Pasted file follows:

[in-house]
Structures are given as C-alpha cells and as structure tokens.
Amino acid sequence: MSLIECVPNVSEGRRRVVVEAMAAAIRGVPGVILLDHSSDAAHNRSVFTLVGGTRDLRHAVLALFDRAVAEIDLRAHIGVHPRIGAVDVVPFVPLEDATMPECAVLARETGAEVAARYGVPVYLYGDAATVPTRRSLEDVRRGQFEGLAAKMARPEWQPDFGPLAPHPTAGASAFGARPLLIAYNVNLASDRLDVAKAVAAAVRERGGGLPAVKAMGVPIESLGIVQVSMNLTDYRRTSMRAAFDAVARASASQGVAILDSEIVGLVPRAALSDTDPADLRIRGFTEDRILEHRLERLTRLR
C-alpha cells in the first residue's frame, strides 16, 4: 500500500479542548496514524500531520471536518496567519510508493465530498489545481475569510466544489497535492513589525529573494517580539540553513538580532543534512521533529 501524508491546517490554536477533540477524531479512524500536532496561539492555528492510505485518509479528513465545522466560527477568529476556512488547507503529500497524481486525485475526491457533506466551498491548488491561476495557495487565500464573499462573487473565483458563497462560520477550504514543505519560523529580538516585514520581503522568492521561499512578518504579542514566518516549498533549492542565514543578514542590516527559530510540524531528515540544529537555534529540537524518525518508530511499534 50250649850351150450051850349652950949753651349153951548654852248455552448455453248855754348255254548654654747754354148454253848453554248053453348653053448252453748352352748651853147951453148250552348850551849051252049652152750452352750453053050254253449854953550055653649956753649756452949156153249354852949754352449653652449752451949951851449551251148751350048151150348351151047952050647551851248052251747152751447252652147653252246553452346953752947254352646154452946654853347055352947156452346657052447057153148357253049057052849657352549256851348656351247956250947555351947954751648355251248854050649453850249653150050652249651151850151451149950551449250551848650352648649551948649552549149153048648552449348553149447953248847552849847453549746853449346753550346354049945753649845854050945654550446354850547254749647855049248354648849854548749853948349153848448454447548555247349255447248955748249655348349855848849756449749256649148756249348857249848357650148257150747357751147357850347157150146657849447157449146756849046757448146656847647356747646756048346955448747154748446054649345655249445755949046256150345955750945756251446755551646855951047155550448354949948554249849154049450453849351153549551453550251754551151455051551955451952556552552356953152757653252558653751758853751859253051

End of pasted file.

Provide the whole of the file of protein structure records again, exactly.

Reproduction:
[in-house]
Structures are given as C-alpha cells and as structure tokens.
Amino acid sequence: MSLIECVPNVSEGRRRVVVEAMAAAIRGVPGVILLDHSSDAAHNRSVFTLVGGTRDLRHAVLALFDRAVAEIDLRAHIGVHPRIGAVDVVPFVPLEDATMPECAVLARETGAEVAARYGVPVYLYGDAATVPTRRSLEDVRRGQFEGLAAKMARPEWQPDFGPLAPHPTAGASAFGARPLLIAYNVNLASDRLDVAKAVAAAVRERGGGLPAVKAMGVPIESLGIVQVSMNLTDYRRTSMRAAFDAVARASASQGVAILDSEIVGLVPRAALSDTDPADLRIRGFTEDRILEHRLERLTRLR
C-alpha cells in the first residue's frame, strides 16, 4: 500500500479542548496514524500531520471536518496567519510508493465530498489545481475569510466544489497535492513589525529573494517580539540553513538580532543534512521533529 501524508491546517490554536477533540477524531479512524500536532496561539492555528492510505485518509479528513465545522466560527477568529476556512488547507503529500497524481486525485475526491457533506466551498491548488491561476495557495487565500464573499462573487473565483458563497462560520477550504514543505519560523529580538516585514520581503522568492521561499512578518504579542514566518516549498533549492542565514543578514542590516527559530510540524531528515540544529537555534529540537524518525518508530511499534 50250649850351150450051850349652950949753651349153951548654852248455552448455453248855754348255254548654654747754354148454253848453554248053453348653053448252453748352352748651853147951453148250552348850551849051252049652152750452352750453053050254253449854953550055653649956753649756452949156153249354852949754352449653652449752451949951851449551251148751350048151150348351151047952050647551851248052251747152751447252652147653252246553452346953752947254352646154452946654853347055352947156452346657052447057153148357253049057052849657352549256851348656351247956250947555351947954751648355251248854050649453850249653150050652249651151850151451149950551449250551848650352648649551948649552549149153048648552449348553149447953248847552849847453549746853449346753550346354049945753649845854050945654550446354850547254749647855049248354648849854548749853948349153848448454447548555247349255447248955748249655348349855848849756449749256649148756249348857249848357650148257150747357751147357850347157150146657849447157449146756849046757448146656847647356747646756048346955448747154748446054649345655249445755949046256150345955750945756251446755551646855951047155550448354949948554249849154049450453849351153549551453550251754551151455051551955451952556552552356953152757653252558653751758853751859253051